How nerve cells control misfolded proteins
Researchers have identified a protein complex that marks misfolded proteins, stops them from interacting with other proteins in the cell, and directs them toward disposal. In collaboration with the neurology department at the Ruhr-Ubiversität's St. Josef-Hospital and colleagues at the Max Planck Institute of Biochemistry in Martinsried, an interdisciplinary team led by Professor Konstanze Winklhofer at Ruhr-Universität Bochum has identified the so-called linear ubiquitin chain assembly complex (LUBAC) as a crucial player in controlling misfolded proteins in cells.
The group is hoping to find a new therapeutic approach to treat neurodegenerative diseases such as Alzheimer's, Parkinson's or Huntington's chorea, all of which are associated with misfolded proteins. The team has published its report in the EMBO Journal.
New function of protein complex
Earlier studies have revealed that the protein complex LUBAC regulates signaling pathways of the innate immune response that are mediated by the transcription factor NF-kB. For example, LUBAC can be recruited to trigger immune responses by binding to bacteria in the cells and activating NF-kB.
"Our study revealed that the LUBAC system has a previously unknown function," says Konstanze Winklhofer. "It appears that LUBAC recognises misfolded proteins as dangerous and marks them with linear ubiquitin chains, thus rendering them harmless to nerve cells." Unlike its response to bacteria, this function of LUBAC is independent of the transcription factor NF-kB.
Aggregates of misfolded proteins are toxic to cells, because they interfere with various processes. For example, they expose an interactive surface thereby sequestering and inactivating other proteins that are essential for the cell. This process disrupts the function of nerve cells and can cause cell death.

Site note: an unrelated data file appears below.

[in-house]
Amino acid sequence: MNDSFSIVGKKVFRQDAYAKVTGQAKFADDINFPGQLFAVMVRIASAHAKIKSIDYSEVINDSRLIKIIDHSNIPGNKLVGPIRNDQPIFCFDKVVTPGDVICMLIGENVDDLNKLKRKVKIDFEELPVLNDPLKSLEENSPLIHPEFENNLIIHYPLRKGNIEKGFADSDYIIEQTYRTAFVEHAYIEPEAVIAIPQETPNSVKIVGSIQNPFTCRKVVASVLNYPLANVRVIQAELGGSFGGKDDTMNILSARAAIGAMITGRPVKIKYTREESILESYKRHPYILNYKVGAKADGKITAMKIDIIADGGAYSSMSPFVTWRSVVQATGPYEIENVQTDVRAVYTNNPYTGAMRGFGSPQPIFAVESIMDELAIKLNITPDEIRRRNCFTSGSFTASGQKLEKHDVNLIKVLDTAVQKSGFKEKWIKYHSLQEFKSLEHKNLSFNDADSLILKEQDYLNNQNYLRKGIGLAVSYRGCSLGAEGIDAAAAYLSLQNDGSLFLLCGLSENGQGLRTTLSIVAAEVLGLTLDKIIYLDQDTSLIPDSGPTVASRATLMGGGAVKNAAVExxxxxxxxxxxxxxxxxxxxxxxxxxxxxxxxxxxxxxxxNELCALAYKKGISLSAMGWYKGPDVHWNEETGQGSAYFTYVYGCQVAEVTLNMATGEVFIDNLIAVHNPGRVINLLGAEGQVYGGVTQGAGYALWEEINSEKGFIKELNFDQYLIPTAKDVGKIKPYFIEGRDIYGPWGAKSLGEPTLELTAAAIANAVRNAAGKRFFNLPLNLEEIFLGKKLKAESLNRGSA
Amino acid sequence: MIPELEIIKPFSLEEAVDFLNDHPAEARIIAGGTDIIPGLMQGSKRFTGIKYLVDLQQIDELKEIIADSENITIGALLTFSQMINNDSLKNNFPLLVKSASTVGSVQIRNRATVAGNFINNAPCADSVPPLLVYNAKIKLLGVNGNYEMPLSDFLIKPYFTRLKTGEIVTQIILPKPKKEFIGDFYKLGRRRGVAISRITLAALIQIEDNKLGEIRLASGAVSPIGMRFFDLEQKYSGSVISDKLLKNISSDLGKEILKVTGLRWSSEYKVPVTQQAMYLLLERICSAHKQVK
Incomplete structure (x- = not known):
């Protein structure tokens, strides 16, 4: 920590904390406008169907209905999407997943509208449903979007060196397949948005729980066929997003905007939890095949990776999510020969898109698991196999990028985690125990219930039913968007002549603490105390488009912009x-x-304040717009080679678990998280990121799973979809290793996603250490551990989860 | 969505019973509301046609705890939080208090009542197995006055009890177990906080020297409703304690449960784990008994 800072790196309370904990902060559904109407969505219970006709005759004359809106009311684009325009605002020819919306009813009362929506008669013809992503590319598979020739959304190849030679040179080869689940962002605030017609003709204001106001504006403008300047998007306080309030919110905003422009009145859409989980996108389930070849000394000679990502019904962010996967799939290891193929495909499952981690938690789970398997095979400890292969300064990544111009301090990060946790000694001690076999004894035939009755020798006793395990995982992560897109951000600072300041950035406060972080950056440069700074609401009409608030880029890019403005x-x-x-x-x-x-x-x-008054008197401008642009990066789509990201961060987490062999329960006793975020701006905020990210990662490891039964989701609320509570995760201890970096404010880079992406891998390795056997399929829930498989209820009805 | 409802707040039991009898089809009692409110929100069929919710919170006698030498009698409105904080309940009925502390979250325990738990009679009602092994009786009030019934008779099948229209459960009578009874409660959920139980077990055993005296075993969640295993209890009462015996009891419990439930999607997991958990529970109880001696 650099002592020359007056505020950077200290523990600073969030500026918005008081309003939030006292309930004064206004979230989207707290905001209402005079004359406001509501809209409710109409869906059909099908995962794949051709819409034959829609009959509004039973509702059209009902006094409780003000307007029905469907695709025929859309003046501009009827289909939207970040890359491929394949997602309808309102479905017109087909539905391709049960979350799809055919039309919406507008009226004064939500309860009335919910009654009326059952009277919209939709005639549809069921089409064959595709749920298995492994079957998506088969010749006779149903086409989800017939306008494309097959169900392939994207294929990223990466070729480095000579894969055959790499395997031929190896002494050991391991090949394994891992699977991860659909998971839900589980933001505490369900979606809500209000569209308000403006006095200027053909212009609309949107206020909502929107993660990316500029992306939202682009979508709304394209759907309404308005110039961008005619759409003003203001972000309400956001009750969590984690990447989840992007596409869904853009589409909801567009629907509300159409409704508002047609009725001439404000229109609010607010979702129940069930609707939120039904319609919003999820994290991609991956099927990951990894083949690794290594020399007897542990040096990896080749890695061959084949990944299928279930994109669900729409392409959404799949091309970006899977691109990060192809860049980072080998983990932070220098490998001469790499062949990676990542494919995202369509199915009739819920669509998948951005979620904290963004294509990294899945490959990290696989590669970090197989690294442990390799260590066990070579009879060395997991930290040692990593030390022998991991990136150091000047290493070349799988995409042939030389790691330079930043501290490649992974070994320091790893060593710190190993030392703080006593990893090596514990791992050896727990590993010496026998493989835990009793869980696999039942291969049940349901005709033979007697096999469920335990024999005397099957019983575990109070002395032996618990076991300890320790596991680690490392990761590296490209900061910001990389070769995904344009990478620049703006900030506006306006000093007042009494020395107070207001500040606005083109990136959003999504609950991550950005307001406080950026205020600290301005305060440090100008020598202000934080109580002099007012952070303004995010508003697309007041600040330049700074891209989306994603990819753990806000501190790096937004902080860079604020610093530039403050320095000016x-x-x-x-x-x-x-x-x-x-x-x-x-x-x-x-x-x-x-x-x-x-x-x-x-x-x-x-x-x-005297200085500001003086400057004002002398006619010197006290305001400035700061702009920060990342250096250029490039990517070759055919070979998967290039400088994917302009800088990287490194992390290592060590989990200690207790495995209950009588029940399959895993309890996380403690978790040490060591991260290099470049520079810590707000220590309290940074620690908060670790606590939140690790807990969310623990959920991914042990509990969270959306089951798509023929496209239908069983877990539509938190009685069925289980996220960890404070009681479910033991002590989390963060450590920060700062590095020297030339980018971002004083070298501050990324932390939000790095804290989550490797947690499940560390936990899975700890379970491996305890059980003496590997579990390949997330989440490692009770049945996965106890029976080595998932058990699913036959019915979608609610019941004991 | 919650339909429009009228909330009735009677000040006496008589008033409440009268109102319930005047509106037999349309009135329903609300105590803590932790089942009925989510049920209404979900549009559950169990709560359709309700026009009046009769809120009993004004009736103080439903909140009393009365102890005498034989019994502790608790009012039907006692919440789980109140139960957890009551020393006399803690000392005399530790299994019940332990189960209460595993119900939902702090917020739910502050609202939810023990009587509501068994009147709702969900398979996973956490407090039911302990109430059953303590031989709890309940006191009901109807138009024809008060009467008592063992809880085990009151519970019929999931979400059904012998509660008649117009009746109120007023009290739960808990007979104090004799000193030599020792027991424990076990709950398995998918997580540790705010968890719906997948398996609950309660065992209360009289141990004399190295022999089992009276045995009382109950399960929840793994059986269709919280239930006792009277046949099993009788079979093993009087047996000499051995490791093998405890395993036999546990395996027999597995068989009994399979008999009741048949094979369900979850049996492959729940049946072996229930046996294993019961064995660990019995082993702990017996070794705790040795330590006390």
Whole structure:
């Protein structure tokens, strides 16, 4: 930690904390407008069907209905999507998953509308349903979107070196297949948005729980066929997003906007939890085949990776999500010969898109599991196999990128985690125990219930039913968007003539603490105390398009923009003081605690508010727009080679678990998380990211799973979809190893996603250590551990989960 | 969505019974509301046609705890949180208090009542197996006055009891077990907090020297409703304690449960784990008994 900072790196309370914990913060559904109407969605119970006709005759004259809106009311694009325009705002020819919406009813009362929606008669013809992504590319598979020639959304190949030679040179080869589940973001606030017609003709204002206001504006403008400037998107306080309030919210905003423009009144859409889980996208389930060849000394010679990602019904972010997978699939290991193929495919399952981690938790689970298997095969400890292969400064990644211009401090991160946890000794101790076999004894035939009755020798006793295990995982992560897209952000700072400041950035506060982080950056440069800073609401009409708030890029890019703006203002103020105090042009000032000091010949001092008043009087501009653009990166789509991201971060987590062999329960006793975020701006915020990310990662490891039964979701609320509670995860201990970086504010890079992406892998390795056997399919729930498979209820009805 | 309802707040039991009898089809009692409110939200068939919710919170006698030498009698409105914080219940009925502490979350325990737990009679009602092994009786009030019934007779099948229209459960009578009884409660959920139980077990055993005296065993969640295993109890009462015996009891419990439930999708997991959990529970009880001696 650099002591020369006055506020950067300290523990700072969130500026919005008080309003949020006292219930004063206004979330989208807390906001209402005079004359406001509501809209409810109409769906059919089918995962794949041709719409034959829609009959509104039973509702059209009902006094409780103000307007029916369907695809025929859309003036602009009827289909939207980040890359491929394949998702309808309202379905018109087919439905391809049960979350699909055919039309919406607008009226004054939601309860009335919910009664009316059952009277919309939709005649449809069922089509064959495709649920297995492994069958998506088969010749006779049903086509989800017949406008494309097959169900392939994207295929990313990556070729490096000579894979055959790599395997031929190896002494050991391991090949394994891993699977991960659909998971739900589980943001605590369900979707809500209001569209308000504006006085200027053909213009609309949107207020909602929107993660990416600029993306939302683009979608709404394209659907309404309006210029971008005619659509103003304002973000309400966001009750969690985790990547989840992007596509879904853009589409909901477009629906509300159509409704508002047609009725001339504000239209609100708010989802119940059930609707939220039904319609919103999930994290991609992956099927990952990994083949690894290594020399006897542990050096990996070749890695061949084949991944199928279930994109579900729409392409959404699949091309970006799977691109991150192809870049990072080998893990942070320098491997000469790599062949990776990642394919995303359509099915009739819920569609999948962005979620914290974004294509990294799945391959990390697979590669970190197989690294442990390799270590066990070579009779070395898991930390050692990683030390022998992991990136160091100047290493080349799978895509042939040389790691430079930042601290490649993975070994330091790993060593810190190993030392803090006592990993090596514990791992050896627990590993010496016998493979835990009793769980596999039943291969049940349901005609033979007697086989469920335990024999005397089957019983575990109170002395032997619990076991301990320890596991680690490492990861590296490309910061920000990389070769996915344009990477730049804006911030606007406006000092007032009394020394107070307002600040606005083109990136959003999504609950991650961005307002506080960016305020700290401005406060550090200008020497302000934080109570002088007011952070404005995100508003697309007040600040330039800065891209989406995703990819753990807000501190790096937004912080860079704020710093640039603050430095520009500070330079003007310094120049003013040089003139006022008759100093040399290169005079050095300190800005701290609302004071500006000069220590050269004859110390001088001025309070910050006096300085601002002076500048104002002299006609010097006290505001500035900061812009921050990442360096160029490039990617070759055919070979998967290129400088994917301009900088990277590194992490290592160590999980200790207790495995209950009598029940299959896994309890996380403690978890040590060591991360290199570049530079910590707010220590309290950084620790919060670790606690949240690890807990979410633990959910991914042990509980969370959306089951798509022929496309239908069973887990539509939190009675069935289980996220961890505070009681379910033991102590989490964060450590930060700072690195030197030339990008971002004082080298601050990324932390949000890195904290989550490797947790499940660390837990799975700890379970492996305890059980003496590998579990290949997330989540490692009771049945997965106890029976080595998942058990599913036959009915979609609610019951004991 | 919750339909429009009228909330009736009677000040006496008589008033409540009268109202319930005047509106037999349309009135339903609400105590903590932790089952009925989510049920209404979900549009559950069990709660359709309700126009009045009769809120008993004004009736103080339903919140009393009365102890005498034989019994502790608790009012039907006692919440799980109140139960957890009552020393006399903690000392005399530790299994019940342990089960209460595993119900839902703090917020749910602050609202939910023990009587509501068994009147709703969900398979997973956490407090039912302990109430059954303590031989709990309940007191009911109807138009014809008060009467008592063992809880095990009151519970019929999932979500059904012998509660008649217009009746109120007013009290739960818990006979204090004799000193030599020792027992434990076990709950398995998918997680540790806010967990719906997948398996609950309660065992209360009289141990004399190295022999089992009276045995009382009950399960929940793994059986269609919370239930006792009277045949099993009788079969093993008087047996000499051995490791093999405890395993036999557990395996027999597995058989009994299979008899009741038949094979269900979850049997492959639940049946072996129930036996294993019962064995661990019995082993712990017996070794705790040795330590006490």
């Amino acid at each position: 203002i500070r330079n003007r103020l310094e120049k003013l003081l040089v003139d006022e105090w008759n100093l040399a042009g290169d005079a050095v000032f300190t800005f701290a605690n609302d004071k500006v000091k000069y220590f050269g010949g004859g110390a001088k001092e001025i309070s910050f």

Preventing protein interactions
The research team has now decoded the mechanism described above using the huntingtin protein, the misfolding of which causes Huntington's disease. By attaching linear ubiquitin chains to aggregated huntingtin, the aggregates are shielded from unwanted interactions in the cell and can be degraded more easily. In Huntington's patients, the LUBAC system is impaired, as the team demonstrated.
These insights were gained by combining cell biology and biochemistry methods and using high-resolution microscopy (Structured Illumination Super-Resolution Microscopy).
Mechanism works for various proteins
The protective effect of LUBAC is not limited to huntingtin aggregates. The researchers also detected linear ubiquitin chains attached to protein aggregates that play a role in other neurodegenerative disorders, for example in amyotrophic lateral sclerosis.
"The attachment of linear ubiquitin chains is a highly specific process, as there is only one protein – namely a LUBAC-component – that can mediate it," explains Konstanze Winklhofer. "Based on these insights, strategies for new therapeutic approaches could be developed."
In future studies, the team intends to identify small molecules that affect linear ubiquitination and to test if they have any positive effects on neurodegeneration. "But there is still a long way ahead until a drug can be developed," concludes Konstanze Winklhofer.